MAN AGAINST HIMSELF
There is an uneasy feeling about the fate of Leon Spinks. The new heavyweight champion seems to be on the verge of playing a role in some kind of tragedy. His advisers bicker; he has had differences with his brother Michael; bills are unpaid; the WBC strips him of his title; and then last week there was an AP photograph of Spinks handcuffed, in a St. Louis police station, where he was booked for driving without a license and driving the wrong way on a one-way street. It is scandalous that police would handcuff someone arrested for a driving violation, but somehow—and sadly so—for Spinks it seems to be part of a pattern.
Few know Spinks as well as Rolly Schwartz, the driving force behind the 1976 Olympic boxing team. "Leon was difficult," says Schwartz, "but let's put it in perspective. He was always a little bit suspicious of everyone. Leon's life-style was different. What Leon really lacked was personal discipline. He lost to Pedrozo, the Cuban, for the gold medal in the Pan Am Games because he wasn't in condition. I analyzed Leon and realized that he needed that extra kick in the butt. Once you got Leon in the gym, no one worked harder.
"For the Olympics we had to run a Spartan camp, and we couldn't have one man running off because it would destroy the discipline, the closeness, the family feeling we wanted. His own brother Michael would come to me and say, 'Coach, Leon's getting edgy. You better talk to him and keep an eye on him.' I'd say, 'Leon, you're not going to die on yourself like you did in the Pan Am Games. Leon, we're going to make you a champion in spite of yourself, not because of yourself.' I once worked at the Menninger Clinic, and Karl Menninger wrote a book called Man Against Himself, and I always felt that Leon was a man against himself.
April 3, 1978
"There are certain types of young men who come out of the slums and who really don't think they're as good as they are. I was an orphan who came out of the slums in Chicago, and I can understand the deep insecurities.
"At one time Leon took off and didn't make bed check. We just told him that if this happened again, he was going home. In all fairness to Leon, he put his act together.
"I have said prayers for this young man. People have taken him left and right. Everybody in the business knows it. I hope there is one person in this world who has a love for this young man, who will take over and be a strong father figure. Leon badly needs handling. His talent is there, but emotionally there's a lot to be desired."
Two months ago Will Grimsley, a sports columnist for the Associated Press, wrote a story reporting that 10 million Americans had stopped playing tennis. His piece was based on a report from the Sports Training Institute in Chicago, which called the enormous decline "very tragic news for the tennis industry." Grimsley's story got huge play across the country. Indeed, he received more letters about it than any he has ever done, and he has covered seven Olympics and heavyweight championship fights since 1949.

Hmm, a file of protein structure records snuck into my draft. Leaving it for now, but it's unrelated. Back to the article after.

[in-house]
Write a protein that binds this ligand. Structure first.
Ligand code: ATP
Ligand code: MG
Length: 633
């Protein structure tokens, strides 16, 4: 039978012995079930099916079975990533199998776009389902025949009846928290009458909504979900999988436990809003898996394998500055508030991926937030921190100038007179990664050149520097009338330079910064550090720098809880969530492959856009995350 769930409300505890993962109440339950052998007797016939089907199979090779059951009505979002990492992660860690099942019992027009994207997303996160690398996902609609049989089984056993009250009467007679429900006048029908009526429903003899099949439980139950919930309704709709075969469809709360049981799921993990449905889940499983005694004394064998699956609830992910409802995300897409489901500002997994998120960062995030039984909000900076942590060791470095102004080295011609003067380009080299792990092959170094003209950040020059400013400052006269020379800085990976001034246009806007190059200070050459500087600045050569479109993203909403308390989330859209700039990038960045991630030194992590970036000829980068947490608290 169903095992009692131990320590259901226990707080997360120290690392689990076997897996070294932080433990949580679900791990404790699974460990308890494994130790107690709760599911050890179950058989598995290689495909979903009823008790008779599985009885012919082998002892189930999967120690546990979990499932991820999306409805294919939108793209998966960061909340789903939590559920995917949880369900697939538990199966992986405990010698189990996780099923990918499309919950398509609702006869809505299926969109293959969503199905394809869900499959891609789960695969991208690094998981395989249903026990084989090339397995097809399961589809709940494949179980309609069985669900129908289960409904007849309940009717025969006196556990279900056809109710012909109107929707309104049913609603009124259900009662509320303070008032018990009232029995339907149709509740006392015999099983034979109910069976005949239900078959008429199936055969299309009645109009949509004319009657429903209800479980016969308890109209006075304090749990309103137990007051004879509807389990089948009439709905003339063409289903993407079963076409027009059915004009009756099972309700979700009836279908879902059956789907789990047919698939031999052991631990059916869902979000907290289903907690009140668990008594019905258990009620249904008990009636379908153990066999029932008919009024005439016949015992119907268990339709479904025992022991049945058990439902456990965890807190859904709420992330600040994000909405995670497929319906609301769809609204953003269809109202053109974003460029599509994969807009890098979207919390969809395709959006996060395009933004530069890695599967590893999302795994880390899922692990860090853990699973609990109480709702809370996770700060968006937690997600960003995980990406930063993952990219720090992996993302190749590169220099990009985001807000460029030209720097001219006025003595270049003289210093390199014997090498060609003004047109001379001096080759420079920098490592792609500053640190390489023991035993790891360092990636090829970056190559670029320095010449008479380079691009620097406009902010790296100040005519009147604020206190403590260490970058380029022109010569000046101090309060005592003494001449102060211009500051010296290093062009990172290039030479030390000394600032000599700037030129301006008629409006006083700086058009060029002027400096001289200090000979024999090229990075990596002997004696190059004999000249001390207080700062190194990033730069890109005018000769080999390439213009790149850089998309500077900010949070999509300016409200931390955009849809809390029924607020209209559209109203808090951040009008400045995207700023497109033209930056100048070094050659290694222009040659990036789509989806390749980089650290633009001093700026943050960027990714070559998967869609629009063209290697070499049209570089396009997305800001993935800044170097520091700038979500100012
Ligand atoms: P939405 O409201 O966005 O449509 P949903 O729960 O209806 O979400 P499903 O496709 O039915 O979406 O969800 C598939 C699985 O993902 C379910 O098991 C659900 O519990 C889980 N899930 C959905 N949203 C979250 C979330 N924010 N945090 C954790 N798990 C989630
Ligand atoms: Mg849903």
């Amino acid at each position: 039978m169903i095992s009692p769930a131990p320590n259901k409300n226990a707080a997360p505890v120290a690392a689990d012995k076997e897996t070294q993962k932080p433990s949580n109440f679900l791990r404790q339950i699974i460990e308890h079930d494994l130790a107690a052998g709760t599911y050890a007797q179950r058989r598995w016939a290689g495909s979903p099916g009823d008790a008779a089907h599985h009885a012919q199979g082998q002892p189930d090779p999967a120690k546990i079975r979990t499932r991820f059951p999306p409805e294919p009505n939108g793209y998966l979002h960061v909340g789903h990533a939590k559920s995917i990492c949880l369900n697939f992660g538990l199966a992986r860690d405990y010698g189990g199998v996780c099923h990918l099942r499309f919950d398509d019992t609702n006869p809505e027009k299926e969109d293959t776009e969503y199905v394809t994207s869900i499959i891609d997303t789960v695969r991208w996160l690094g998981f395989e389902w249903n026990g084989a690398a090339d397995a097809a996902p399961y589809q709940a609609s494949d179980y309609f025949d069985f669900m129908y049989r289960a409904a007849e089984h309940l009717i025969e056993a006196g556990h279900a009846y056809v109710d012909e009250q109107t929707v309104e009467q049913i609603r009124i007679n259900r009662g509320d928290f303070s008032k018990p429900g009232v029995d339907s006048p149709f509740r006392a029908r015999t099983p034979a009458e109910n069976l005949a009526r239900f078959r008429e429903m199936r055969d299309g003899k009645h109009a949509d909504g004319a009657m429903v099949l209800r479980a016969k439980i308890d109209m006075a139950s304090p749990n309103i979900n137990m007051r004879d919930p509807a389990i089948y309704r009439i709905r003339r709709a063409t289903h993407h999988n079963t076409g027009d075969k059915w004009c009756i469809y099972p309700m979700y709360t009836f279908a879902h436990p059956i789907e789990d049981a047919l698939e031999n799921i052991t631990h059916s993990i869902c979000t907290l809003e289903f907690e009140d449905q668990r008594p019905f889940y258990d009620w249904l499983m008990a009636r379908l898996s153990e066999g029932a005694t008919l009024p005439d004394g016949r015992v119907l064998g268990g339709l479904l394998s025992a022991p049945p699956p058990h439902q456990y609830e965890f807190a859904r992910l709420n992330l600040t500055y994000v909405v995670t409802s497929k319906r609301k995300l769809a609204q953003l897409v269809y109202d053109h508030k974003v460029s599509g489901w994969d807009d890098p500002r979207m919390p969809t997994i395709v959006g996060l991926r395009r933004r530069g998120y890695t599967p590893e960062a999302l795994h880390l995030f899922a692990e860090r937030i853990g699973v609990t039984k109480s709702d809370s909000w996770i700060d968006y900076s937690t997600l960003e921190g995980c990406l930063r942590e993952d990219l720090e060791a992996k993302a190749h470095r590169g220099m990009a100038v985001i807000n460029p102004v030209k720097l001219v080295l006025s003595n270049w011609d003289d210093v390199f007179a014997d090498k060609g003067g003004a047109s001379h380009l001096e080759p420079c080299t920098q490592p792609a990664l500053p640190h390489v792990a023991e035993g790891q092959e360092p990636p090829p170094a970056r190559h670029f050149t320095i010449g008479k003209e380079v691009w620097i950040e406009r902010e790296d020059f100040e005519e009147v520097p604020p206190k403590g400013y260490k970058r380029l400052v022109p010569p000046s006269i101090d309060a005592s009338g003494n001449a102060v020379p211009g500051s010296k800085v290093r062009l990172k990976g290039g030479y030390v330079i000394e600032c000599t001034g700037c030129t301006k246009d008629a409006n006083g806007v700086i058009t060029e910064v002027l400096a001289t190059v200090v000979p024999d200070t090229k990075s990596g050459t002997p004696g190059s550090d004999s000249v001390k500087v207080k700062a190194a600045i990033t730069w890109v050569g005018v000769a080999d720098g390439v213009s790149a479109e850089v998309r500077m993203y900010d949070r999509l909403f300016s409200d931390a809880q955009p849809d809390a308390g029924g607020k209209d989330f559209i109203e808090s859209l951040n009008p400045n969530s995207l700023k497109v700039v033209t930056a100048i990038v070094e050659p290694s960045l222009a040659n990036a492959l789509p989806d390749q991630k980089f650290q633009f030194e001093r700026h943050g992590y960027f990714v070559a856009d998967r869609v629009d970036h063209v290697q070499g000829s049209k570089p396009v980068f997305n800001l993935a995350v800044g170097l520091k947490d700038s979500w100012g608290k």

That 10 million figure was fantasy. The most recent survey, which was done just this year, by Jack Aldworth of the National Indoor Tennis Association shows that although the growth of tennis has slowed, participation is still increasing. The figure of 10 million ex-players was made up out of thin air by Laurence Korwin, who runs the so-called Sports Training Institute as a one-man band with an answering service. When SI Correspondent Ray Sons caught up with Korwin in his office and got a copy of the report, he was surprised to find no supporting data. Most odd, the number 10 million had been cut from the heading of the report and was mentioned nowhere else. Asked why, Korwin said the figure had caused him trouble and that he would rather not have it used. Asked how he had arrived at 10 million in the first place, Korwin said, "If you're looking for a statistical study, you've come to the wrong place. Everyone knows tennis play is down. This is an estimate." Pressed further, Korwin admitted he did not have any solid figures and said, "If I hadn't used a figure like that, no one would have paid any attention to the report."
Apprised of this, Grimsley defended both the report and his story. "If I made a survey myself, I would have arrived at a figure similar to that," Grimsley insisted. "I quoted them as saying it. It's a legitimate research organization. I'm sure the 10 million figure is out of thin air, but it was done by a legitimate research outfit. Don't say I've been hoodwinked."
Steve Smith, who once held the world indoor record in the pole vault, intends to "break" the world record of 18'8¼" by vaulting 20 feet off a rocketing skateboard. Now the marketing director of Bahne and Co., a skateboard manufacturer in Encinitas, Calif., Smith says, "The only barrier to a greater height in the vault has been the speed of the vaulter. A 10-flat 100-yard man would be running about 20 mph. And at that speed a dead weight could vault 16 feet, without any muscle power.
"My dad, who's an engineer with Hughes Helicopter, figured that at 26 mph, using proper vault technique, a man could go as high as 25 feet."
Smith says he probably could hit a speed of 35 mph going down a ramp on a skateboard, "but I'm not sure I could control the pole and the plant at that speed." For an attempt at 20 feet, he needs a stiffer pole than usual. "The ones I've got now are about 260-pound-test strength, and they may be good enough," he says, "but I may have to go to a 300-pounder."
A skateboarder since he was five. Smith will make his attempt at the Pipeline Skateboard Park in Upland, Calif., where a vault box has been installed. He will go down a 250-foot, 10-degree ramp to reach the desired 26 mph. "I'm really looking forward to it," Smith says. "I'll call you from the hospital with the results."